In clinical genomics practice and research, variants are often classified on a five-point scale, ranging from pathogenic to benign, which indicates the likelihood that the particular variant is associated with disease (Figure 1)[3]. However, there are a number of different frameworks that can be used including the American College of Medical Genetics and Genomics–Association for Molecular Pathology (ACMG–AMP) guidelines [4]. Experts may also use criteria such as clinical utility and actionability, to assess if the variant should be returned to participants. This is discussed in Returning results .  

Figure 1: Five-point scale to indicate the likelihood that a particular variant is associated with a disease. Colour blind image

Variant of unknown or uncertain significance (VUS): An uncertain result known as a VUS indicates that a variant has been found in an individual but it has not been reliably characterised as benign or pathogenic or in other words, there is uncertainty about what this means [5].

Reporting practice by laboratories of VUS in clinical practice varies internationally and concern that a VUS may be treated as an actual result rather than an uncertain variant has also been reported [6] 

In addition to these classifications for the disease of interest, findings may also be:

  • An incidental finding: A finding that is unexpected, not related to the primary indication of the test and may or may not be relevant to the patients’ health [7]
  • Secondary finding:  Often used interchangeably with incidental findings but refer to findings that are sought after [5]
  • An uninformative result: No variant is found that could explain the condition. This could be due to:
    • Participants’ condition having no underlying genomic cause
    • Limits of current technology: relevant gene not tested (in non-coding region etc.) or causative variants not reported
    • Complex biology of the disease: e.g. low penetrance, complex or variable phenotypes, disease that involves multiple genes or variants

As new data and information emerges, it is increasingly possible for a variant to be reclassified. There is currently little data regarding the frequency of variant reclassification and its clinical impact. In a research context, this may not be feasible nor appropriate.  However, given the fast-moving nature of clinical research, it may be important for some research studies to discuss viability of revisiting variant classification in the EDP or management plan [8].

If a candidate variant(s) or incidental finding(s) are identified, these results may be returned to a participant if appropriate consent has been obtained. This is discussed in Returning results 

Quality control

  • Visualising variants with tools such as Integrative Genomics Viewer (IGV), assist in identifying unusual sequencing artifacts and can help exclude false positives.
  • Does the variant make biological sense?
  • If a family study, does the variant segregate into families?
  • Are functional studies required to test if the variant is disease-causing?

Have you thought about?

  • Do the results make biological and clinical sense?
  • Could the variant be a sequencing artifact or misalignment?
  • Is the read depth suitable and does it have good base and alignment quality?
  • Is your variant(s) of interest in a difficult location in the genome to sequence (homopolymeric or other repetitive regions) or low quality area (end of the reads)?
  • How will the return of results be resourced? (e.g. access to clinical review committees and appropriate referral pathways for genetic counselling)
  • What are your obligations and responsibilities regarding the management of results, patient information and samples, not just processes and interactions?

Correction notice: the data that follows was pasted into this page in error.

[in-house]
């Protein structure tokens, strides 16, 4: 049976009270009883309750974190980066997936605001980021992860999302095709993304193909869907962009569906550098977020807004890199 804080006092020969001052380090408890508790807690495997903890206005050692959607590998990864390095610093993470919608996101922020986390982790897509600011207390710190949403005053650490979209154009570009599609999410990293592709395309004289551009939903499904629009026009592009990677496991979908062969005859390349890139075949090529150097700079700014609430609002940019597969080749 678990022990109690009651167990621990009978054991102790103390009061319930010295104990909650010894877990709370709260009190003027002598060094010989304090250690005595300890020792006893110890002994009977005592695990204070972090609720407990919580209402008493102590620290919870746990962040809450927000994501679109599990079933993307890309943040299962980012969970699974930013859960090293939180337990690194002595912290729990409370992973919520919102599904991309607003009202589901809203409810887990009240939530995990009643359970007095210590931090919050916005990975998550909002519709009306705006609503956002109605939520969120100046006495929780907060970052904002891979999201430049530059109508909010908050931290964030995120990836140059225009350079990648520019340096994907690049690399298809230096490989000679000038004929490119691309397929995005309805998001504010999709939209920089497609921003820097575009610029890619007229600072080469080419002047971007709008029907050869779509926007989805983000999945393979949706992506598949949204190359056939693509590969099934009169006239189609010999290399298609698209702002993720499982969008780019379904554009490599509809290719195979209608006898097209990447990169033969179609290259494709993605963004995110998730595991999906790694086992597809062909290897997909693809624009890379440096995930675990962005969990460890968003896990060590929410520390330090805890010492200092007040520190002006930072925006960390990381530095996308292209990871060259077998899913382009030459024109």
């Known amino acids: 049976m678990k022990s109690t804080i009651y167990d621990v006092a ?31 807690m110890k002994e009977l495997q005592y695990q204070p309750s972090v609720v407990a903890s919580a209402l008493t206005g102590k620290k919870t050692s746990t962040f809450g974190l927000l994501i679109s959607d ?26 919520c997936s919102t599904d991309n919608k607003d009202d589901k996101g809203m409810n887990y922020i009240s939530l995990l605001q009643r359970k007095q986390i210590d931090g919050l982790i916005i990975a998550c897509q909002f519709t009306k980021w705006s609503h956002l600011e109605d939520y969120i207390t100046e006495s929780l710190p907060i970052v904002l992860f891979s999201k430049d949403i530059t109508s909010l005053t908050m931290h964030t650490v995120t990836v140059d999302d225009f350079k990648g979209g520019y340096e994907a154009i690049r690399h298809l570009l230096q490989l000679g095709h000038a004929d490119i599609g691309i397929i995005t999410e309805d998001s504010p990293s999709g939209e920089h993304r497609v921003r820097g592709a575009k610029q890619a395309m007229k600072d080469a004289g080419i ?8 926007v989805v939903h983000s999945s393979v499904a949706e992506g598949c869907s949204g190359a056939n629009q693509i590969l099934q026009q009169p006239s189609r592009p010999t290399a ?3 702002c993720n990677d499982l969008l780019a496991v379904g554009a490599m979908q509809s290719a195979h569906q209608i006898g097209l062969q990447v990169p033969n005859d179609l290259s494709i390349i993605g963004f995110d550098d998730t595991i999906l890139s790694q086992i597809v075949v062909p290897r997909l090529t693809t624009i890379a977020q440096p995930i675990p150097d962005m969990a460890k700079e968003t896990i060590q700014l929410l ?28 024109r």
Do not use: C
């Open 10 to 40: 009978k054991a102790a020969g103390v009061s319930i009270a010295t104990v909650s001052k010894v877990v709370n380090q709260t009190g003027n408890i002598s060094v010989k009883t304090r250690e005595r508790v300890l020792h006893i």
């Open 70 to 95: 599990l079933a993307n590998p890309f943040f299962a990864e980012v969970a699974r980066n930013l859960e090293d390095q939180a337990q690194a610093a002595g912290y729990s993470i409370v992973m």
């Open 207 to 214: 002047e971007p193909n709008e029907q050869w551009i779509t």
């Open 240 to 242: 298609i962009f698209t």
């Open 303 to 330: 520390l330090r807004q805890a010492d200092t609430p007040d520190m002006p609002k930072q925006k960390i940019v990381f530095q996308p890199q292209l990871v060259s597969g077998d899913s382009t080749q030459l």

• How will you confirm the results?

If you have any questions about the interpretation or validation, talk with a pathologist, clinical geneticist or genetic counsellor with experience in the field. 

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Functional studies

Analysis of genomic information can suggest that a variant has a role in a particular phenotype or disorder, but unless there are many cases to support this, such a connection may need to be confirmed by functional studies.

For more information see - Functional studies (Understanding technology)

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[1] Steward C A, Parker A P J, Minassian B A, Sisodiya S M, Frankish A, and Harrow J. Genome annotation for clinical genomic diagnostics: strengths and weaknesses. Genome Medicine 20179:49 

[2] Quintáns B, Ordóñez-Ugalde A, Cacheiro P, Carracedo A and Sobrido M J. (2014). Medical genomics: The intricate path from genetic variant identification to clinical interpretation. Applied & Translational Genomics, 3(3), 60–67.

[3] Introduction and Overview to Genomic Test Reports. (2017) The American Society of Human Genetics.https://www.ashg.org/education/csertoolkit/intro.html

[4] Richards S, Aziz N, Bale S, Bick D, Das S, Gastier-Foster J, et. al. On behalf of the ACMG Laboratory Quality Assurance Committee, H. L. (2015). Standards and Guidelines for the Interpretation of Sequence Variants: A Joint Consensus Recommendation of the American College of Medical Genetics and Genomics and the Association for Molecular Pathology. Genetics in Medicine : Official Journal of the American College of Medical Genetics, 17(5), 405–424. 

[5] Principles for the translation of ‘omics’-based tests from discovery to health care (2015) https://www.nhmrc.gov.au/guidelines-publications/g10 National Health and Medical Research Council (NHMRC) 

[6] Vears DF, Senecal K, Borry P. (2017) Reporting practices for variants of uncertain significance from next generation sequencing technologies. Euro J Med Genet; 60(10);553-558

[7] Souzeau E, Burdon K P, Mackey D A, Hewitt A W, Savarirayan R, Otlowski M, and Craig J E. (2016) Ethical Considerations for the Return of Incidental Findings in Ophthalmic Genomic Research.  Translational vision science and technology Vol. 5,1,1-11.

[8] Macklin S, Durand N, Atwal P and Hines s. (2018) Observed frequency and challenges of variant reclassification in a hereditary cancer clinic Genetics in Medicine 20;346–350